Madison Davenport, left, and Kyra Sedgwick star in "The Possession,"… (Diyah Pera / Lionsgate )
Two new films tanked at the box office this weekend, resulting in the lowest ticket sales in more than a decade.
The weekend's winner was a holdover: "The Possession," the horror flick that topped the box office over the Labor Day holiday. The film collected an additional $9.5 million, according to an estimate from distributor Lionsgate, raising its overall total to a solid $33.3 million.
But "The Words," a romance thriller starring Bradley Cooper, trailed behind — opening on the low end of Hollywood projections with $5 million. The movie at least performed better than the debut of "The Cold Light of Day," an action film starring upcoming "Man of Steel" Henry Cavill that bombed with a dismal $1.8 million.
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Overall, North American ticket sales amounted to only $67 million — the lowest sum since the second weekend after the Sept. 11 terrorist attacks, when the take was just $59.4 million. Receipts were down 18% from the same weekend last year, when at least one film was able to crack the $10-million mark.
"Nobody picks the first weekend of September because they think it's going to be a huge gross," acknowledged Steven Friedlander, executive vice president of theatrical distribution for CBS Films, which is releasing "The Words." "You open films that you want to sit there and find an audience. Historically, it's a weekend where people are getting their life back into order after the summer, and movies aren't part of it. You're doing back-to-school shopping, getting the kids into the dorms, and soccer moms are back on the road."
The few who did turn up to see "The Words" this weekend were mostly older women, as 58% of the audience was female and 78% was over age 25.
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In the film, Cooper plays a down-on-his-luck aspiring novelist who encounters an ethical dilemma when he comes across an unpublished manuscript from the 1940s.
The $6-million production, acquired by CBS Films for $2 million at the Sundance Film Festival in January, has received mostly terrible reviews. However, crowds this weekend were kinder than critics, assigning it an average grade of B, according to market research firm CinemaScore.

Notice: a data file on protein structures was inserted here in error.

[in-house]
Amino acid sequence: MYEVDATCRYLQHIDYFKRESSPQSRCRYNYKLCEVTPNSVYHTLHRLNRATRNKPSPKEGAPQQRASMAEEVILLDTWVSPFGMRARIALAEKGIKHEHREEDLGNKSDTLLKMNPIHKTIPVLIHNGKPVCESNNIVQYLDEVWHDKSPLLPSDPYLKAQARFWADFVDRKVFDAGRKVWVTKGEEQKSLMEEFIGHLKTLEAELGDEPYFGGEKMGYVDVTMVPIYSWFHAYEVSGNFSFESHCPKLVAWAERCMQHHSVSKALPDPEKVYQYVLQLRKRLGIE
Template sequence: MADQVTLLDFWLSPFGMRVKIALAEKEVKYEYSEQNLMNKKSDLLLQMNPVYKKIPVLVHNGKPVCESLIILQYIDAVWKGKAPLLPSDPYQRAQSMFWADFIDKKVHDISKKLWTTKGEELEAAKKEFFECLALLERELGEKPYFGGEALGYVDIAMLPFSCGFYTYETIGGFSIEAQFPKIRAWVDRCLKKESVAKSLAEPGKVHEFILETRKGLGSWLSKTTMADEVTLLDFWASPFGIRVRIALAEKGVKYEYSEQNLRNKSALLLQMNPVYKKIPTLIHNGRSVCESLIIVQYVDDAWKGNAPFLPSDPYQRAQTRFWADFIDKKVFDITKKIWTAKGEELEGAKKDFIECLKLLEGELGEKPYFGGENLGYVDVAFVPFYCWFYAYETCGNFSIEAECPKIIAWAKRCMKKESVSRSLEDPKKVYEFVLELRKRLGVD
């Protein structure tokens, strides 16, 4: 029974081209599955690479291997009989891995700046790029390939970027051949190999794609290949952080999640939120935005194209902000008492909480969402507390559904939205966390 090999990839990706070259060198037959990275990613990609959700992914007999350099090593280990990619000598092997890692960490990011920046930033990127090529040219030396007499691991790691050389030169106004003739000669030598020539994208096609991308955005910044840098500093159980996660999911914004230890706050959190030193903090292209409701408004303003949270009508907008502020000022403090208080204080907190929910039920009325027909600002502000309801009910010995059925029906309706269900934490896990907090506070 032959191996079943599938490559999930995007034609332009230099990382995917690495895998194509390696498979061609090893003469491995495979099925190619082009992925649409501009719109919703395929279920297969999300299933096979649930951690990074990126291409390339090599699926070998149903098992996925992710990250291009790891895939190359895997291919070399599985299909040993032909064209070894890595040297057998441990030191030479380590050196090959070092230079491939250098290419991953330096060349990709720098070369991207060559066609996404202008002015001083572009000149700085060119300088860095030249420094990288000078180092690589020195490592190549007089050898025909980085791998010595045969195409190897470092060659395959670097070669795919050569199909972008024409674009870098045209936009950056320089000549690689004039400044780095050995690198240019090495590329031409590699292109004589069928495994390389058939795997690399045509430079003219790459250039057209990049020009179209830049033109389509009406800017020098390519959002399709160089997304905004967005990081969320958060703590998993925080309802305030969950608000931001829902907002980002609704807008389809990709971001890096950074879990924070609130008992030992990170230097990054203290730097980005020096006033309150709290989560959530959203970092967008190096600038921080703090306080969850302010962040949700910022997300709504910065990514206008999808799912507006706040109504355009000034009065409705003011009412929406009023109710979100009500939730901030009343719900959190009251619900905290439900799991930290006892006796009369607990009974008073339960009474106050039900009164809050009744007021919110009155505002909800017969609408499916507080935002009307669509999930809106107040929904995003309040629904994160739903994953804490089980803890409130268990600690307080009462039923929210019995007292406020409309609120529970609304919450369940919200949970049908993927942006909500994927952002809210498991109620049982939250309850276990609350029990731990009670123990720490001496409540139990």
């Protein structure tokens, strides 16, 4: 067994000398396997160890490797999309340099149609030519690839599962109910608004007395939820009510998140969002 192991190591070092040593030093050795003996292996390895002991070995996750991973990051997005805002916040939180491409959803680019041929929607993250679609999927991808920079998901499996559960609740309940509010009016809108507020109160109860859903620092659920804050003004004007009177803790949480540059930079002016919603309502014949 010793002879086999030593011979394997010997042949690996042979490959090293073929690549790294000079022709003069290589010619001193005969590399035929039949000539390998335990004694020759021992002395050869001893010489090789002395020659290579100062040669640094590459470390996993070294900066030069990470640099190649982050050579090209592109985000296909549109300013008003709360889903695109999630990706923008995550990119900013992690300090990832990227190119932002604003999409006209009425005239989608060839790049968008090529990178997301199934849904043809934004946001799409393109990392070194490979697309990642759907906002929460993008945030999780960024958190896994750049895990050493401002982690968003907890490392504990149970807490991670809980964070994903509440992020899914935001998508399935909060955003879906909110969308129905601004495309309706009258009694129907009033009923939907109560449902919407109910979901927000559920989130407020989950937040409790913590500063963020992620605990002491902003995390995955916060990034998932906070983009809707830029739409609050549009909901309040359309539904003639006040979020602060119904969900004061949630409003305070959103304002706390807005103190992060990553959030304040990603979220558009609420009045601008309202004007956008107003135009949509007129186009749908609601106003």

Cooper, who rose to fame after the success of the raunchy ensemble comedy "The Hangover" in 2009, had better success as a leading man with last year's hit "Limitless." The 37-year-old actor currently has two films at the Toronto International Film Festival: "The Place Beyond the Pines" and "Silver Linings Playbook," each earning him strong reviews.
"I don't think the performance of 'The Words' is an indictment of Bradley Cooper," Friedlander said. "I think he does have the potential to be a strong leading man. The bad reviews were really about the movie — they weren't about his performance."
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Similarly, "The Cold Light of Day" star Cavill will hope to attract more positive attention when he debuts as Warner Bros.' new Superman next summer. The British actor, best known for his role in 2011's sword-and-sandals epic "Immortals," is still a newcomer to U.S. audiences.
His latest film barely got any promotion from Lionsgate's Summit Entertainment after a poor international run prior to the film's North American debut indicated it probably wouldn't fare well domestically. Indeed, audiences hated it, giving it an average D+ grade.
The studio co-financed the movie, about a man whose family is kidnapped during a family holiday in Spain, for about $20 million with Intrepid Pictures.
One bright spot this weekend was an Imax re-release of 1981's "Indiana Jones and the Raiders of the Lost Ark," which collected a surprisingly strong $1.7 million. The Steven Spielberg-directed movie starring Harrison Ford is currently in 267 theaters for a one-week engagement.
Meanwhile, the crude wedding comedy "Bachelorette" did so-so business in theaters after premiering on video-on-demand Aug. 10. The film, starring Kirsten Dunst, Isla Fisher and Lizzy Caplan, opened in 47 theaters this weekend and grossed $191,033 for a soft per-location average of $4,046.
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